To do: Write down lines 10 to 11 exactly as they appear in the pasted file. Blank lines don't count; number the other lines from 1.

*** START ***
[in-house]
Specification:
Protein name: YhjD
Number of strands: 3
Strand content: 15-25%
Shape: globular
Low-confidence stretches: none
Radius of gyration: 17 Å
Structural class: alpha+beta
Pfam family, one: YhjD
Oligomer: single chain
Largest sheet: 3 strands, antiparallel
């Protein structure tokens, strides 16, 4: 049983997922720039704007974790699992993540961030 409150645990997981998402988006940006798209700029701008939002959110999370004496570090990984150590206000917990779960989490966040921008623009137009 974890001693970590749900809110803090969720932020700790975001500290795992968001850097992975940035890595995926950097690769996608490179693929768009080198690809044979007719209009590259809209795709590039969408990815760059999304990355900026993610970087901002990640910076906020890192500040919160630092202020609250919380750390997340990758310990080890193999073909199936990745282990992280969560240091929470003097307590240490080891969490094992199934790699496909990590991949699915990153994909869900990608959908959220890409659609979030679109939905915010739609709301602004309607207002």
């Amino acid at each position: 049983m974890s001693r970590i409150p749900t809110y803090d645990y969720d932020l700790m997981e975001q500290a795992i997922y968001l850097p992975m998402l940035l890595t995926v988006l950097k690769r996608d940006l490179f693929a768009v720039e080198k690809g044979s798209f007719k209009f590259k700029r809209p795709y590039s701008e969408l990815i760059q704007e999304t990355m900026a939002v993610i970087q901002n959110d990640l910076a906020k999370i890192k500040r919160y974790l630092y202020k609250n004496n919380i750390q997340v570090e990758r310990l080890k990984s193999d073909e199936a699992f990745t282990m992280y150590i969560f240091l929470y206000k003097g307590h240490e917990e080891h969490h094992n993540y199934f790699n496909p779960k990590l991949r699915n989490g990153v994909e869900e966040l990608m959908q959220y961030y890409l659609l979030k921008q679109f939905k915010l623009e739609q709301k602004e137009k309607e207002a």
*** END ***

Pfam family, one: YhjD
Oligomer: single chain